Rapid innovation – from the prototyping of products and services through to validation and then into the market at scale – is a fundamental pillar of digital transformation. The challenge for many organisations is first identifying what those opportunities for new products and services are.
That’s where a data-driven approach to innovation can pay dividends. Underpinned by the wealth of data that’s generated, digital technologies such as artificial intelligence (AI) and intelligent process automation enable new ways of understanding customer behaviours and needs – often in real-time. In turn that data-driven insight reveals the kinds of products, services and experiences that customers value enough to pay for. Organisations can then be more proactive in offering tailored products to customers as and when they need them.
The important role of data in digital transformation is highlighted in the Cognizant report The Work Ahead – 40 months of hyper-digital transformation by the Center for the Future of Work. In that research, 82 per cent of executives forecast that Big Data and business analytics will have the biggest impact of all digital technologies between 2020 and 2025. These data insights can help to serve customer better; but all need to be compliant as well.
These digital technologies will have a major impact in particular on insurance companies. The move from an agency model to a digital platform is already one of the most anticipated moves in the sector. At the same time, risk and cyber threats have to be taken seriously in what is a highly regulated industry. The good news: those challenges are nothing new for a sector that is used to protecting and developing large data sets and dealing with complex regulations.
There are many possibilities for this kind of data-driven innovation to transform the insurance market. The Internet of Things (IoT) and sensor-derived data offers the potential to tailor proposals for customers. Access to data on the everyday life of policy holders also enables insurance companies to estimate risk for life and property insurance products more accurately.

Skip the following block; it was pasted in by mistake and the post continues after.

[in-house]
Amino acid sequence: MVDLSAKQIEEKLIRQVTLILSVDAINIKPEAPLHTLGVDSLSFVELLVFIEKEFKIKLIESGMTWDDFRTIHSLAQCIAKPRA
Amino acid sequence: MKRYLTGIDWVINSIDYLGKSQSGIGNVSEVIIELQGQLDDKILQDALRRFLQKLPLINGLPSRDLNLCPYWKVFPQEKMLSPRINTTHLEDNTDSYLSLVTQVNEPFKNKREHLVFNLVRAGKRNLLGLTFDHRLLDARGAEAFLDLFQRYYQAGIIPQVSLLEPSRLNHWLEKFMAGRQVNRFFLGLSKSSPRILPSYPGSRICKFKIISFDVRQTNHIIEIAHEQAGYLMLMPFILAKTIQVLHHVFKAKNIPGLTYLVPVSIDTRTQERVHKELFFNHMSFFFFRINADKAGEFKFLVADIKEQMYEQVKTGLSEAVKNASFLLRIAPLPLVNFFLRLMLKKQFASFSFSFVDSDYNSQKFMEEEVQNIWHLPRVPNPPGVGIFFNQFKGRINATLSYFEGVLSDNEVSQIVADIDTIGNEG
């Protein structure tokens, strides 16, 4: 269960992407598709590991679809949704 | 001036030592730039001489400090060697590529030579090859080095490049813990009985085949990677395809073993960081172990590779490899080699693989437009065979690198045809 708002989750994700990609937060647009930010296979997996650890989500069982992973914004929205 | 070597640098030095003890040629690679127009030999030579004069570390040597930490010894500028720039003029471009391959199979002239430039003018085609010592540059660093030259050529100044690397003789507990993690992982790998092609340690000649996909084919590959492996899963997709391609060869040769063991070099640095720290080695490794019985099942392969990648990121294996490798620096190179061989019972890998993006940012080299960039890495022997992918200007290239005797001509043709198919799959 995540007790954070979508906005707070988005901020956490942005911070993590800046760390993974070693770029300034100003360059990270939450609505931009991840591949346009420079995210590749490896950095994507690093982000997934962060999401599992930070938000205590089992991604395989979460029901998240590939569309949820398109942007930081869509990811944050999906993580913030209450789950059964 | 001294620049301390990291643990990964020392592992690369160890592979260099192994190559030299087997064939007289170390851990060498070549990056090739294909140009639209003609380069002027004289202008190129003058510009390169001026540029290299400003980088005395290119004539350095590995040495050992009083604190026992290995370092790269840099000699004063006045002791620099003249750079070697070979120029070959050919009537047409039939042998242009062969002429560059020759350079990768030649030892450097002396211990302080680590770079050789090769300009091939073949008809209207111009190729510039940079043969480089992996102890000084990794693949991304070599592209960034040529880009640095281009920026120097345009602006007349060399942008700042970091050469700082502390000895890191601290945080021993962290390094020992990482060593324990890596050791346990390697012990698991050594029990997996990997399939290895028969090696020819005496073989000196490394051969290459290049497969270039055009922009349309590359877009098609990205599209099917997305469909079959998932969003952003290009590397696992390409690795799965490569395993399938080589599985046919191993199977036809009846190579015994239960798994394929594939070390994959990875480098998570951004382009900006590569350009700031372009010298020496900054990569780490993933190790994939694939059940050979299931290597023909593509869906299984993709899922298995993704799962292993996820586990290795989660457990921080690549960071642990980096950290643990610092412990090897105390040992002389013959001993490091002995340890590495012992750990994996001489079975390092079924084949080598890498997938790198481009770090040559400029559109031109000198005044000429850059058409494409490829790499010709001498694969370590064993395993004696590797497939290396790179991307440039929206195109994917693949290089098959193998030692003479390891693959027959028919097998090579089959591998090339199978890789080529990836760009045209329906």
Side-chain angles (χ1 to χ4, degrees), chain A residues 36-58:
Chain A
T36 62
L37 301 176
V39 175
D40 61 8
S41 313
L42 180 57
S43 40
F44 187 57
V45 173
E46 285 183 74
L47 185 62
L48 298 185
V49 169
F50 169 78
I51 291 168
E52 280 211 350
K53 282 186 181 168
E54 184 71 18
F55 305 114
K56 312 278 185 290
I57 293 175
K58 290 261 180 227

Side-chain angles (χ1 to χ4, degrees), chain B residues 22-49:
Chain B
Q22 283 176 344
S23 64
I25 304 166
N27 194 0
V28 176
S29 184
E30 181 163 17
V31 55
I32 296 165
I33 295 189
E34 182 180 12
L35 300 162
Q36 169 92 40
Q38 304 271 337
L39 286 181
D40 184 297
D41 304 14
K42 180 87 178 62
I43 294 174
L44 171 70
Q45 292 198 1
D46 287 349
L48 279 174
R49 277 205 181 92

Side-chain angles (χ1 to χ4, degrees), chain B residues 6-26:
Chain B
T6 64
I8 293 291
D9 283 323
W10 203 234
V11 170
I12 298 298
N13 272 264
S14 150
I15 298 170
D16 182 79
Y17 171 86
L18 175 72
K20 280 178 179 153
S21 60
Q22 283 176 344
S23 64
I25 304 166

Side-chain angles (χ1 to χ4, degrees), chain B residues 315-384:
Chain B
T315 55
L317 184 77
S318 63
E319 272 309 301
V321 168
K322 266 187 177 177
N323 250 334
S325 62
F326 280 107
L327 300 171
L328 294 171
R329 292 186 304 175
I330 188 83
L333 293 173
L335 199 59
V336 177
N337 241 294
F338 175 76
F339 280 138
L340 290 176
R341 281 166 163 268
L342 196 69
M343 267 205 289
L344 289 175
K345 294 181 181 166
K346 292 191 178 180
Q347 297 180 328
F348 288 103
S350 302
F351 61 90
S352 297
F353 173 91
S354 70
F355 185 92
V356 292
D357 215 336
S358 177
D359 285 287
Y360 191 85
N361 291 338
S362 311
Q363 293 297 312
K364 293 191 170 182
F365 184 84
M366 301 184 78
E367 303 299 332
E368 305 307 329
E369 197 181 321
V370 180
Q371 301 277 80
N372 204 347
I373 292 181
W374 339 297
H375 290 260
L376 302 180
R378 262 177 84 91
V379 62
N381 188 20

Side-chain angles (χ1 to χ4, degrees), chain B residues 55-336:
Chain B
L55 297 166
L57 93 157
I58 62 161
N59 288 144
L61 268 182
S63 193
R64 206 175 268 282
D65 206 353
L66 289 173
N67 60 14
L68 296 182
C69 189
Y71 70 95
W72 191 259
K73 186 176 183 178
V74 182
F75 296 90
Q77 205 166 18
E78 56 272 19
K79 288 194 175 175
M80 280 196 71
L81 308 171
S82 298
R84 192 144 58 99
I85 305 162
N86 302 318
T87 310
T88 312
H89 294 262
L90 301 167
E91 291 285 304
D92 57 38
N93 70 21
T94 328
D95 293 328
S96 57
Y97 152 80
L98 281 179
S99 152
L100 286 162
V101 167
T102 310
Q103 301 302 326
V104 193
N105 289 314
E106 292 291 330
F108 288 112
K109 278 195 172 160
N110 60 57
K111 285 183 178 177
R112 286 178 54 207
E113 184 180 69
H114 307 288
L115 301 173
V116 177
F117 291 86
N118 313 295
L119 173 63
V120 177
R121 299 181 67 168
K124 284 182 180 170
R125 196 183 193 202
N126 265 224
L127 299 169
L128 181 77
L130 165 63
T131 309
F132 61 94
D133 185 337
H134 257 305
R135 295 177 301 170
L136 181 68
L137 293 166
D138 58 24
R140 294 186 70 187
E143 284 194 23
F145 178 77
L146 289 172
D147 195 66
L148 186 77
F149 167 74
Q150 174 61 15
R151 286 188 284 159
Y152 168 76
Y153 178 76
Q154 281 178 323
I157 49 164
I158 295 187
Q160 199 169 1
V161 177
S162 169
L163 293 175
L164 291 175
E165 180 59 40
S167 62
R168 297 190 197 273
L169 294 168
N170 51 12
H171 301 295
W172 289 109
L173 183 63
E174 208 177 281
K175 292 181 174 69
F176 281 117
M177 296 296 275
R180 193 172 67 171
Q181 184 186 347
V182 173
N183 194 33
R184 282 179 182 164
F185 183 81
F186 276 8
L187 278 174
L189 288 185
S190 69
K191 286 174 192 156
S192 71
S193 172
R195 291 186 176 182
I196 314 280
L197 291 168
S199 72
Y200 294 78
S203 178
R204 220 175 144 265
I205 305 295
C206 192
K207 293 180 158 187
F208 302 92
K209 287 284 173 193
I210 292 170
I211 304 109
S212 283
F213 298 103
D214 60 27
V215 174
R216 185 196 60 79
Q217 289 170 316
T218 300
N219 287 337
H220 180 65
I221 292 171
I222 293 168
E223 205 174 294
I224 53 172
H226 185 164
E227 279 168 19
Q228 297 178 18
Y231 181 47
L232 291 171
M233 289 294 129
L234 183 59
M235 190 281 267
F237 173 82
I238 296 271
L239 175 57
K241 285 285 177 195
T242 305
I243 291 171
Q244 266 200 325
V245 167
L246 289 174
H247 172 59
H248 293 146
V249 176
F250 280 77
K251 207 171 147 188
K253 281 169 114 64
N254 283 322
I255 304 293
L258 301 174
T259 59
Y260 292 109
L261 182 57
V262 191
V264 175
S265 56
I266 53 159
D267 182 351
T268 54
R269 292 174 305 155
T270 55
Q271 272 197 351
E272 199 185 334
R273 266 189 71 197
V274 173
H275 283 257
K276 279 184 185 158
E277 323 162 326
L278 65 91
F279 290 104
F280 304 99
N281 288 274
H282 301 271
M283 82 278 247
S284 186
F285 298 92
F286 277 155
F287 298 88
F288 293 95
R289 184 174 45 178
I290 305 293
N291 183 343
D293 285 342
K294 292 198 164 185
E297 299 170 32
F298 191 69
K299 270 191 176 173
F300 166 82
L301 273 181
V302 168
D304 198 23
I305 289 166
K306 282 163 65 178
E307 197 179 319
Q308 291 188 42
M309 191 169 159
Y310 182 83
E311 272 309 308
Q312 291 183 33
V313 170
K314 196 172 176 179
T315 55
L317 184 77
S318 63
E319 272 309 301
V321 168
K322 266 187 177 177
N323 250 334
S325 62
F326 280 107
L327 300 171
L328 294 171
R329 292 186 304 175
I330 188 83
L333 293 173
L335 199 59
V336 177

This availability of real-time data is also supporting the growing market for a whole new range of micro insurance products. Unlike traditional annual or lifetime policies, micro insurance products can be enabled by data analytics and intelligent automation to rapidly underwrite protection against a specific event or need for a certain period of time, such as a one-off car journey.
In the insurance sector, this level of responsiveness also needs to be integrated into core products so that insurers can react quickly to changing user behaviour. An obvious example is for health insurance, where the real-time data from wearables could allow policies to be re-evaluated on the fly in response to the activity levels of the user. Car insurance is another example. Data from cars could be used to reward better driving behaviour by rewarding it with new deals or contracts.
One key element in the data-driven design of new products and services, that it is important not to underestimate is behavioural economics. This is where human understanding and psychology add context to the insights from Big Data to analyse decision-making and why consumers choose one product over another. Throw these together in real time and it is possible to monitor customers’ behaviour after they have bought an insurance product. In turn, this enables even more responsive and data-driven innovation in product development.
Ultimately, data underpins much of the shift to digital for insurance and many other sectors. This data-driven insight will mean shorter decision-making cycles and provide endless possibilities to track user behaviour. And that means technology is now not only supporting back-end processes but enabling rapid and responsive product innovation and opening up entirely new revenue streams.
With more flexible offerings, insurance companies have more access to their clients than ever before. Huge opportunities await.
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